Four calculative frames emerged from the data analysis: common welfare, financial sustainability, investment, and innovation quality.

Within the common welfare frame, incubators are understood as a “municipality”: they create jobs for the local economy and, as such, add value. This can help generate wealth for the community as well, and return the taxpayers’ investment with this added value. Dr. Casarin finds that this value is typically calculated by looking at “key regional indicators”: the number of jobs created and of assisted startups, and how the incubators hit targets on these indicators. For example, one incubator, which received funding from the European Union, created over 1600 jobs in a decade, having set the objective of creating 1000, thereby surpassing their target for job creation.

The financial sustainability frame looks at the incubator as a “business”, meaning that it must act like a self-sufficient entity and maintain financial health over time. Key metrics for this framework include rental revenues, operating costs, and growth.

The investment frame treats the incubator as an “investor”, meaning they can create their own vehicle for providing funds and then invest in incubated startups. Key metrics here are return on investment, exit valuations, and financial milestones.

Finally, there is the innovation quality frame, where the incubator is a “scientific laboratory”. Technology incubators can be based in universities and engage in producing cutting-edge knowledge and scientific research. It can be hard to quantify innovation quality, but Dr. Casarin finds that typical measures relate to intellectual property production, which includes patents and copyrights.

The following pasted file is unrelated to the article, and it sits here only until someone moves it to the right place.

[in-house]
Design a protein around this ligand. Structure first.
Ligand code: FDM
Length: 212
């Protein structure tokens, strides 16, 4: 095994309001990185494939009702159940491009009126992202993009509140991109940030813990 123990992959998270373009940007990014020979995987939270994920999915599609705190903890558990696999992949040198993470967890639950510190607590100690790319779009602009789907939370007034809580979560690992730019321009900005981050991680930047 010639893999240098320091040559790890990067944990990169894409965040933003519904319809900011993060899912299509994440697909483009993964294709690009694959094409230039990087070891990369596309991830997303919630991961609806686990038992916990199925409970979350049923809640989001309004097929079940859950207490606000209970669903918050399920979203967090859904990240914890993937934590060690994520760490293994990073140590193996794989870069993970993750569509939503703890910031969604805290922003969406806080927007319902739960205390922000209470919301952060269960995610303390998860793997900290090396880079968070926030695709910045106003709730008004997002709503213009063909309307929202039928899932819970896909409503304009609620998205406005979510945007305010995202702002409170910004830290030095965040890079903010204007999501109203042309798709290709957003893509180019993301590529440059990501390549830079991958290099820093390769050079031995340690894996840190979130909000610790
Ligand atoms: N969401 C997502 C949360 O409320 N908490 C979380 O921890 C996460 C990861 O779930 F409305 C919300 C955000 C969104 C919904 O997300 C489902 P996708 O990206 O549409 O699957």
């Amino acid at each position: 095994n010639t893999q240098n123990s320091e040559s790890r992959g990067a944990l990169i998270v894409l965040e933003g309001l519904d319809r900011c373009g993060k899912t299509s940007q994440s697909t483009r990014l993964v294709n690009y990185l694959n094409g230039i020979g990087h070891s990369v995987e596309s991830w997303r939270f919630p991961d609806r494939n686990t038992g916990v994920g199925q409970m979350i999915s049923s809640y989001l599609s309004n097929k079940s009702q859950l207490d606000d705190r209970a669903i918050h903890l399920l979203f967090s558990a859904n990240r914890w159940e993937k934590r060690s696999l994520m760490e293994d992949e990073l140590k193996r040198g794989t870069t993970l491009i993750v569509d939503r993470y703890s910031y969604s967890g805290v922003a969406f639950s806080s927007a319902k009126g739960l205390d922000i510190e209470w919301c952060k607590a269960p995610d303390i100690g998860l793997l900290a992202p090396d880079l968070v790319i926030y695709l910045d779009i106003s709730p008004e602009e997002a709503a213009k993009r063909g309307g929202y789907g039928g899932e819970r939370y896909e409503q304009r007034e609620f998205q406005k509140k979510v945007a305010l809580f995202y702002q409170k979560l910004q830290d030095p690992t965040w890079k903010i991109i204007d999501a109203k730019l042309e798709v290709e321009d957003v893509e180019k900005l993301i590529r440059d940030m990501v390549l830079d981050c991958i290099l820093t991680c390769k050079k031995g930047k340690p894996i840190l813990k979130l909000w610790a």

Mediating conflict with accounting tools

Sometimes these frames can collide, like in the case of the financial sustainability and innovation quality frames. Scientific innovation can be a risky move financially, and so introducing stable streams of income, like rental income from “fee-for-service” type of tenants, can be financially savvy. However, these frames lead to conflicting priorities when it comes to allocating resources. Dr. Casarin finds that looking at accounting tools such as budgets and performance measurement indicators can help understand how compromise is made between the two conflicting frames. Similarly, compromises can be made between the other frames, such as looking at how surplus is used to mediate the conflict between financial sustainability and common welfare. 


Taken together, Dr. Casarin’s work helps provide an innovative framework, i.e. calculative frames, for interpreting how multiple, and sometimes conflicting, values in organizations are held together in compromise. The use of calculative frames and introducing accounting calculations as “mediators” between these frames points toward a novel role of performance measurement. Traditionally, accounting tools such as performance measures are seen to operate as “ammunition machines” (2) or support dominant positions in organizations. In her work, Dr. Casarin advances that accounting tools can operate as more inclusive devices for mediating multiple values, for pacifying conflicts by creating compromise solutions.

Since modern day organizations have multiple and often conflicting demands from their stakeholders, with different concepts of what “value” means, this is a useful tool for understanding how organizations quantify value, especially in innovation, and how compromise among multiple values can be reached.

Further reading

Casarin, V. (2023). Calculative frames, compromising metrics, and the multiple values of innovation: The case of technology incubation in the UK. Accounting, Organizations and Society111, 101479.


1. Beunza, D., & Garud, R. (2007). Calculators, lemmings or frame-makers? The intermediary role of securities analysts. The Sociological Review, 55(2_suppl), 13-39.

2. Burchell, S., Clubb, C., Hopwood, A., Hughes, J., & Nahapiet, J. (1980). The roles of accounting in organizations and society. Accounting, Organizations and Society, 5(1), 5-27.